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Archive for the ‘App’ Category

Tool Tutorial: Google AI Platform for Hobbyist

In AI, App, deep learning, Machine Learning, Serious Stuffs on October 27, 2019 at 10:44 pm

by Li Yang Ku (Gooly)

In this post I am going to talk about the Google AI platform (previously called Google ML engine) and how to use it if deep learning is just your after work hobby. I will provide links to other tutorials and details at the end so that you can try it out, but the purpose of this post is to give you a big picture of how it works without having to read through all the marketing phrases targeting company decision makers.

Google AI platform is part of the Google cloud and provides computing power for training and deploying deep networks. So what’s the difference between this platform and any other cloud computing services such as AWS (Amazon Web Services)? Google AI platform is specialized for deep learning and is suppose to simplify the process. If you are using TensorFlow (also developed by Google) with a pretty standard neural network architecture, it should be a breeze to train and deploy your model for online applications. There is no need to set up servers, all you need is a few lines of gcloud commands and your model will be trained and deployed in the cloud. (You also get a $300 dollar first year credit for signing up on Google Cloud Platform, which is quite a lot for home projects.) Note that Google AI platform is not the only shop in town, take a look at Microsoft’s Azure AI if you like to shop around.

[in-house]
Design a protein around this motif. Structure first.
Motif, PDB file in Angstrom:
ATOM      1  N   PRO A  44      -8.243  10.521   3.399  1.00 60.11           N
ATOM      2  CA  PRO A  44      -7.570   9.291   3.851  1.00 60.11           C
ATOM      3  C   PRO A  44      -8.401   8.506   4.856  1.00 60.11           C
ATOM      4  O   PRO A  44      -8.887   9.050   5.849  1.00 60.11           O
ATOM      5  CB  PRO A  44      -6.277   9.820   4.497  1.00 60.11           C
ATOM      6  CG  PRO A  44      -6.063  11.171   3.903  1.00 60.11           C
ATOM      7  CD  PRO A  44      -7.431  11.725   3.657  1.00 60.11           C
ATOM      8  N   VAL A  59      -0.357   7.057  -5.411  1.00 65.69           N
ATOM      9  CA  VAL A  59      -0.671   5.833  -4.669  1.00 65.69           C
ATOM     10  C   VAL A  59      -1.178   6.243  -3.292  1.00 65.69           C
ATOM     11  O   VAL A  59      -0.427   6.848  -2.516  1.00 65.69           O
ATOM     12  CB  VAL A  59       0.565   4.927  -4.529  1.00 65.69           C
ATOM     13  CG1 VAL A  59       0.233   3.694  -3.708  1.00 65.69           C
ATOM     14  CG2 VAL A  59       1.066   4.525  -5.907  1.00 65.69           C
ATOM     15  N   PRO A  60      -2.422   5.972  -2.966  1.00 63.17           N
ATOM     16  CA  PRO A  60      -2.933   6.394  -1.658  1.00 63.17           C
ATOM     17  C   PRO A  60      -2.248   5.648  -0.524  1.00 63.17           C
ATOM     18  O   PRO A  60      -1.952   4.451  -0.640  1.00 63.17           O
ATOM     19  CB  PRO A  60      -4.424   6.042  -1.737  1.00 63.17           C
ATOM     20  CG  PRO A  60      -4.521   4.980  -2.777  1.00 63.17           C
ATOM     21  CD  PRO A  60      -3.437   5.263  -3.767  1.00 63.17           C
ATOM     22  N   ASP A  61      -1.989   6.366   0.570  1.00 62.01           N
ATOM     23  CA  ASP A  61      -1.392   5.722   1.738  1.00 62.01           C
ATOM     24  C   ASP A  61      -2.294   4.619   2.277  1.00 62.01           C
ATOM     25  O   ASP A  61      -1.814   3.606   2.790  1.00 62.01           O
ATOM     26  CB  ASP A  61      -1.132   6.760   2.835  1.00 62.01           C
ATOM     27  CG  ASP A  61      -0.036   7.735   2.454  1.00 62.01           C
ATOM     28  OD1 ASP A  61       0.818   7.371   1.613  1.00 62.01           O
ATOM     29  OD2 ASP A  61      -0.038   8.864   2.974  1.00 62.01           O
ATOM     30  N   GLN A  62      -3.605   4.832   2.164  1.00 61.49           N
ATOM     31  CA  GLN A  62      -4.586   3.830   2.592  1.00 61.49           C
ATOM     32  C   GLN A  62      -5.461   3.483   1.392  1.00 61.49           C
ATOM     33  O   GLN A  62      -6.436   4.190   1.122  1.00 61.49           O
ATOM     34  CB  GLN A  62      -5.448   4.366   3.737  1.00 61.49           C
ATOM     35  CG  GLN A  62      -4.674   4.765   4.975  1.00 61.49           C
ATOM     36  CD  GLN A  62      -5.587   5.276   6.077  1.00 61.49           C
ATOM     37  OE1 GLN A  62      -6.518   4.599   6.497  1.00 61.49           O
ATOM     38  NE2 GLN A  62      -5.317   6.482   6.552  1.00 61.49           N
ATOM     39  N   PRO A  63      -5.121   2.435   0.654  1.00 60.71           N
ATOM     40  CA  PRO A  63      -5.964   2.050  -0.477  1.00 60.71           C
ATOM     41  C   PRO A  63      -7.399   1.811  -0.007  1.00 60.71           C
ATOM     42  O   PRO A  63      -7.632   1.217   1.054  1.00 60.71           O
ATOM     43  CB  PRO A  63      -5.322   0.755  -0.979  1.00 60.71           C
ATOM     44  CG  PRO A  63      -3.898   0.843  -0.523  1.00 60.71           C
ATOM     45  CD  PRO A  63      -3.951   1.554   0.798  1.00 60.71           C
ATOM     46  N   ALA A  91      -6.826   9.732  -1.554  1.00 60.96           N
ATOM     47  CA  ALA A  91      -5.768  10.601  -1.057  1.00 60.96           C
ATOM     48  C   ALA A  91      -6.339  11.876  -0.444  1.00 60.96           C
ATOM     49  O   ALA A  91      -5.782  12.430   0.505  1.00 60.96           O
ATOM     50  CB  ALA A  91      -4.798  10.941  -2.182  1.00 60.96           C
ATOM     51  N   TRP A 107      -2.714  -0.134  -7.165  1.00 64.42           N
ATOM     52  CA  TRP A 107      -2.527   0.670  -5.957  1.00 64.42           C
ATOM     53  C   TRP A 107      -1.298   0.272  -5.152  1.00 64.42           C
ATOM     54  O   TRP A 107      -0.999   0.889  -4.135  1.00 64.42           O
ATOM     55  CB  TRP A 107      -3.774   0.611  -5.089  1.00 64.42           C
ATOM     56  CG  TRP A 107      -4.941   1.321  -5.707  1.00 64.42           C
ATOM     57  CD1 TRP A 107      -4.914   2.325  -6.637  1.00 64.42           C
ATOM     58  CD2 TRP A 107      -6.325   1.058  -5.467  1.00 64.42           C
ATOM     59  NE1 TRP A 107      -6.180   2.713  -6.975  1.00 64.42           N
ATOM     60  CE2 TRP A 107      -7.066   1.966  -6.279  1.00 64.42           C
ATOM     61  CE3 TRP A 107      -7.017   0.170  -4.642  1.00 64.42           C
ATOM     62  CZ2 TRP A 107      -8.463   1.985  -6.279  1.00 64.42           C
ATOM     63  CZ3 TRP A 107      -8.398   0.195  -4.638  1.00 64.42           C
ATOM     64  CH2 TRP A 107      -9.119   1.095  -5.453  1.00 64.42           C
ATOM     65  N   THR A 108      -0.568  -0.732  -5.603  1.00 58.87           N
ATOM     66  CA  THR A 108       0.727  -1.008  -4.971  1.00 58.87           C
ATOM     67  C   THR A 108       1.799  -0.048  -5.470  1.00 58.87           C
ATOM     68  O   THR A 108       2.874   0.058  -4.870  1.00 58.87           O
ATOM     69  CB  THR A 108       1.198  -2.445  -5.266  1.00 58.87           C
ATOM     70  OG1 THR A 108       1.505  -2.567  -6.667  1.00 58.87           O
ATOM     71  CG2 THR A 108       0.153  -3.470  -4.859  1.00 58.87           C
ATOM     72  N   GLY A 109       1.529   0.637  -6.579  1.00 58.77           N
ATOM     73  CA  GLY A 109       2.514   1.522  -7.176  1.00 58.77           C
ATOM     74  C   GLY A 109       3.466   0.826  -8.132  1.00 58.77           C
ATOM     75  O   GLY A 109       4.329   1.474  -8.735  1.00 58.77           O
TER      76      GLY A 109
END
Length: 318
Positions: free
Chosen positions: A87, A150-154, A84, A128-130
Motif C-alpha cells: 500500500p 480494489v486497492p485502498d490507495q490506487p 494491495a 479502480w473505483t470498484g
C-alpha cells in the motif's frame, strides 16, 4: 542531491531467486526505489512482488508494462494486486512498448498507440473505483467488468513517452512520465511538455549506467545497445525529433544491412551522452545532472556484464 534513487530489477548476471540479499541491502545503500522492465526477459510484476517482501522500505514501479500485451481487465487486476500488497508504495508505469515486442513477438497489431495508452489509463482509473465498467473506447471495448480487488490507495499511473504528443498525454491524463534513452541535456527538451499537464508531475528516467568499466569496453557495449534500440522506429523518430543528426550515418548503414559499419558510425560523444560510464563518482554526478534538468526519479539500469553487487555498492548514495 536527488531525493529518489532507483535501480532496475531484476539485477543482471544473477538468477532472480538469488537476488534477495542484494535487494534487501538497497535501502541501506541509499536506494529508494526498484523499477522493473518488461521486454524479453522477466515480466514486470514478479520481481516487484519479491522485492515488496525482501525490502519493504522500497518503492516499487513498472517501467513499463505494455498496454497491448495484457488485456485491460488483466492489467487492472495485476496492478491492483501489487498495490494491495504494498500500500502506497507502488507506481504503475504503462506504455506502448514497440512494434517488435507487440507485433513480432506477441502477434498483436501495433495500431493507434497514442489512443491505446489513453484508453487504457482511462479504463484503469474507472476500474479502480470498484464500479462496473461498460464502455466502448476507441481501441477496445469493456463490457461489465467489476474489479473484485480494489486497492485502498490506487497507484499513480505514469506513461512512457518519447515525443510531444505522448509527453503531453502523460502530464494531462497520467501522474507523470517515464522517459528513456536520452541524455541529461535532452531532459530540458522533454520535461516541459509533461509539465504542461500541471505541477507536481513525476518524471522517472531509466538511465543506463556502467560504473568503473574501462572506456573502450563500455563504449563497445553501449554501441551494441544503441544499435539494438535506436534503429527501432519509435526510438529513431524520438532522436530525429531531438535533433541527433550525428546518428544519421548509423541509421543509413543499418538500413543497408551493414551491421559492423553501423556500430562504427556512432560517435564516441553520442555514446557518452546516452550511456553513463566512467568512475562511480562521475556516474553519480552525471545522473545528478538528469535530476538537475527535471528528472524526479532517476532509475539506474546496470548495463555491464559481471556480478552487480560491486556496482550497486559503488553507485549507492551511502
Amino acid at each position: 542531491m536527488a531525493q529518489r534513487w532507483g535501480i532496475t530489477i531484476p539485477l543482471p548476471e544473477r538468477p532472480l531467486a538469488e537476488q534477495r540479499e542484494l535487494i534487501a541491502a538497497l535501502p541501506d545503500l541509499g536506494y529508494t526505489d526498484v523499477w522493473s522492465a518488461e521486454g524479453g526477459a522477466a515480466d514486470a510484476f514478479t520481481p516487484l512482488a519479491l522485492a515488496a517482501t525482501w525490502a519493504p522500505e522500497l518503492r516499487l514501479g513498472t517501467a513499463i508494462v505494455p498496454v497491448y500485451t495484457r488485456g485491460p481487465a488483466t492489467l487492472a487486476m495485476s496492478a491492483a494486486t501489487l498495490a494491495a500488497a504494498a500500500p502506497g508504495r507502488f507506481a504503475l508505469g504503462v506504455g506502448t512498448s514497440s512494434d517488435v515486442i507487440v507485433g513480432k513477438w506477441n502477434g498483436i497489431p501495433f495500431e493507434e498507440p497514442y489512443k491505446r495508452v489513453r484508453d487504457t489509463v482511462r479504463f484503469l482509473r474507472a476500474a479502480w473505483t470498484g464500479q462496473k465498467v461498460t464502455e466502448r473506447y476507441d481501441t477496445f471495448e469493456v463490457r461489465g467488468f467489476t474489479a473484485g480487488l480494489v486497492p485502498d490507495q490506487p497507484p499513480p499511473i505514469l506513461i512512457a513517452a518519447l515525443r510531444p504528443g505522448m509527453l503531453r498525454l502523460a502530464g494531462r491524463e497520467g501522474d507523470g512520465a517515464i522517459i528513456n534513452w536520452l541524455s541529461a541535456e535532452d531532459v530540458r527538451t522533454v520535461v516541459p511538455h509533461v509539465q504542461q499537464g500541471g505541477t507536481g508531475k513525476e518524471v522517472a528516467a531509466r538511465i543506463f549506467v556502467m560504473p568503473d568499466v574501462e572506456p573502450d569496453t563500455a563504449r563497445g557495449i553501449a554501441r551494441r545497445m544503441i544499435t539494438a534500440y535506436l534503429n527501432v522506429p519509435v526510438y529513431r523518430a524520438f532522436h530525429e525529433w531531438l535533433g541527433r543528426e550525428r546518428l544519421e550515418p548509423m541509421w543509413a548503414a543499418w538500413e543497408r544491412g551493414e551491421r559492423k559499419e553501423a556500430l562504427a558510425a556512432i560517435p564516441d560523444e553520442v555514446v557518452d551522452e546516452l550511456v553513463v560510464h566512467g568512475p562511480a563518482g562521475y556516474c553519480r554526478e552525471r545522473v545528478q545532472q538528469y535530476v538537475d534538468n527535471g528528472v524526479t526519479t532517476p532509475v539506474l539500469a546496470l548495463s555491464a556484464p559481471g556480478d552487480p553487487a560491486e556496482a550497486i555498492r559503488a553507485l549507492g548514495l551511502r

So how does it work? First of all, there are four ways to communicate with Google AI platform. You can do it 1) locally: where you have all the code on your computer and communications are made through commands directly, 2) on Google Colab: Colab is another Google project that is basically a Jupyter notebook on the cloud which you can share with others, 3) on the AI platform notebook: which is similar to Colab but have more direct access to the platform and more powerful machines, and 4) on any other cloud server or jupyter notebook like webservice such as FloydHub. The main difference between using Colab versus AI platform notebook is pricing. Colab is free (even with GPU access), but has limitations such as up to 12 hours of run time and shuts down after 90 minutes of idle time. It provides you with about 12GB RAM and 50GB disk space (although the disk is half full when started due to preinstalled packages). After disconnected, you can still reconnect with whatever you wrote in the notebook, but you will lost whatever is in the RAM and disk. For a home project, Colab is probably sufficient, the disk space is not a limitation since we can store training data in google storage. (Note that it is also possible to connect Google drive in Colab so that you don’t need to start from scratch every time.) On the other hand, AI platform notebook could be pricey if you want to keep it running (0.137 / hour and 99.89 / month for a non-gpu machine).